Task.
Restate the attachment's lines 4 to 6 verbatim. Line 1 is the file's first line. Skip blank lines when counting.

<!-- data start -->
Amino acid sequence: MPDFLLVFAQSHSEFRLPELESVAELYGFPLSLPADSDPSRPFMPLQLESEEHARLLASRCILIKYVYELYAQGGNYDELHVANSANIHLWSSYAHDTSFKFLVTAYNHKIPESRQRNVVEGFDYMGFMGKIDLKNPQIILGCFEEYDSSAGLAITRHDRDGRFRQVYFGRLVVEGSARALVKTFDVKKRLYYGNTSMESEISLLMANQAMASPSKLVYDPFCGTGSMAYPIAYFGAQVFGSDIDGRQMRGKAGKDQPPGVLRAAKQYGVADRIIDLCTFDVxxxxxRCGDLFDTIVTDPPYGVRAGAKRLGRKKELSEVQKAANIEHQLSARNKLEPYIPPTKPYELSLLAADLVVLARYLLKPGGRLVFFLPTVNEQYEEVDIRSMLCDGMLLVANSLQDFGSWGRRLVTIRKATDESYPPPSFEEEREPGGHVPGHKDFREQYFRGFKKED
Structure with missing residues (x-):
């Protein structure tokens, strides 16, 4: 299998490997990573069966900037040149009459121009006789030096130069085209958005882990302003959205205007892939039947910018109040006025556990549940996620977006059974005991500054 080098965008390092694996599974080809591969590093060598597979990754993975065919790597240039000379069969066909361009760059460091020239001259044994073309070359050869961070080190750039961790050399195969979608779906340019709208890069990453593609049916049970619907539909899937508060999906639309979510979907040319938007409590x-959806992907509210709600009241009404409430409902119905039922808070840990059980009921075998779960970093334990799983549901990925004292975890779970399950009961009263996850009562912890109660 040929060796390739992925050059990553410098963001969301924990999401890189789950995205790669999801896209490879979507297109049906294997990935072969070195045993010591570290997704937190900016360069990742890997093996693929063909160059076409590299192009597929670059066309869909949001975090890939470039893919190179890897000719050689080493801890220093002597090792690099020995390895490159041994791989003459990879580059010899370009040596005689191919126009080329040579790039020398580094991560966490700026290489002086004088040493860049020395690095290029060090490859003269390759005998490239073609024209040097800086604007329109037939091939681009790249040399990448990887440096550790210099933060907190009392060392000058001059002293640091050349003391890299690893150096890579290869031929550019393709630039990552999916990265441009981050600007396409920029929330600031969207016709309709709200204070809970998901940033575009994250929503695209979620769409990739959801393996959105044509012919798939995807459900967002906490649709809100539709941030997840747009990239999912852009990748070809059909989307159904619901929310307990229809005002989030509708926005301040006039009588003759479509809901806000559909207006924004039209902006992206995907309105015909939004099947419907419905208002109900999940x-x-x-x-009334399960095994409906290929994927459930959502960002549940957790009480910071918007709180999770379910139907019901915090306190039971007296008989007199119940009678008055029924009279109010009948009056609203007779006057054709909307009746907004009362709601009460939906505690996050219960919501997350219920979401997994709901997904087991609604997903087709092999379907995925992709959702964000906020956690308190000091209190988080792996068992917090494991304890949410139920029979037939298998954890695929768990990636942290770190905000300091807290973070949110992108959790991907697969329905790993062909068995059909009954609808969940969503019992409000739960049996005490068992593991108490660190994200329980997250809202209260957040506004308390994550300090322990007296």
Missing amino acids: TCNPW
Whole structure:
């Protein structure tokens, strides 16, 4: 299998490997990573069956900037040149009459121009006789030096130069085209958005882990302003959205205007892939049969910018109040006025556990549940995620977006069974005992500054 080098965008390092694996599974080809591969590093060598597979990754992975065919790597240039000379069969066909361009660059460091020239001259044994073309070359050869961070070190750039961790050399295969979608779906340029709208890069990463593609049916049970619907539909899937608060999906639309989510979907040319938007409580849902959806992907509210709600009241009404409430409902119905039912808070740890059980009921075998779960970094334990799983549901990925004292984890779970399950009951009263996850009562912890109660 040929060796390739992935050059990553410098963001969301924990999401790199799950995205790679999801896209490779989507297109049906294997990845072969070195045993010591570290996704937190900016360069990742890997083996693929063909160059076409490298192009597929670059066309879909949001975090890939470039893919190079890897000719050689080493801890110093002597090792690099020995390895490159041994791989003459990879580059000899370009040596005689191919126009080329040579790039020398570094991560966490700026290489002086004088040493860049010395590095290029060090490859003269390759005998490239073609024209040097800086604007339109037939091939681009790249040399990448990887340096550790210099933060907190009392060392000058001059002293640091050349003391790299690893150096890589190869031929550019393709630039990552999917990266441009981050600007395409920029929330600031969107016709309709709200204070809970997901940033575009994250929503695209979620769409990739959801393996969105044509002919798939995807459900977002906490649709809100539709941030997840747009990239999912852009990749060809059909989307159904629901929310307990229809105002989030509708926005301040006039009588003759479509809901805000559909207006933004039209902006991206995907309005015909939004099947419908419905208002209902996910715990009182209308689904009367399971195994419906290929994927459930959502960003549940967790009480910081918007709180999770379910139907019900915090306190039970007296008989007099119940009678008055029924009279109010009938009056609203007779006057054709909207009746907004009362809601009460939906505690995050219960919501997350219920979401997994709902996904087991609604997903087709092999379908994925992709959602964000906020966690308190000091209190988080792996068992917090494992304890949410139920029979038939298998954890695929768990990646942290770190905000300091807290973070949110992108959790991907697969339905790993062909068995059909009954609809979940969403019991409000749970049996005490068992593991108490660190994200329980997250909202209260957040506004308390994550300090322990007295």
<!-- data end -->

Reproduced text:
Missing amino acids: TCNPW
Whole structure:
């Protein structure tokens, strides 16, 4: 299998490997990573069956900037040149009459121009006789030096130069085209958005882990302003959205205007892939049969910018109040006025556990549940995620977006069974005992500054 080098965008390092694996599974080809591969590093060598597979990754992975065919790597240039000379069969066909361009660059460091020239001259044994073309070359050869961070070190750039961790050399295969979608779906340029709208890069990463593609049916049970619907539909899937608060999906639309989510979907040319938007409580849902959806992907509210709600009241009404409430409902119905039912808070740890059980009921075998779960970094334990799983549901990925004292984890779970399950009951009263996850009562912890109660 040929060796390739992935050059990553410098963001969301924990999401790199799950995205790679999801896209490779989507297109049906294997990845072969070195045993010591570290996704937190900016360069990742890997083996693929063909160059076409490298192009597929670059066309879909949001975090890939470039893919190079890897000719050689080493801890110093002597090792690099020995390895490159041994791989003459990879580059000899370009040596005689191919126009080329040579790039020398570094991560966490700026290489002086004088040493860049010395590095290029060090490859003269390759005998490239073609024209040097800086604007339109037939091939681009790249040399990448990887340096550790210099933060907190009392060392000058001059002293640091050349003391790299690893150096890589190869031929550019393709630039990552999917990266441009981050600007395409920029929330600031969107016709309709709200204070809970997901940033575009994250929503695209979620769409990739959801393996969105044509002919798939995807459900977002906490649709809100539709941030997840747009990239999912852009990749060809059909989307159904629901929310307990229809105002989030509708926005301040006039009588003759479509809901805000559909207006933004039209902006991206995907309005015909939004099947419908419905208002209902996910715990009182209308689904009367399971195994419906290929994927459930959502960003549940967790009480910081918007709180999770379910139907019900915090306190039970007296008989007099119940009678008055029924009279109010009938009056609203007779006057054709909207009746907004009362809601009460939906505690995050219960919501997350219920979401997994709902996904087991609604997903087709092999379908994925992709959602964000906020966690308190000091209190988080792996068992917090494992304890949410139920029979038939298998954890695929768990990646942290770190905000300091807290973070949110992108959790991907697969339905790993062909068995059909009954609809979940969403019991409000749970049996005490068992593991108490660190994200329980997250909202209260957040506004308390994550300090322990007295």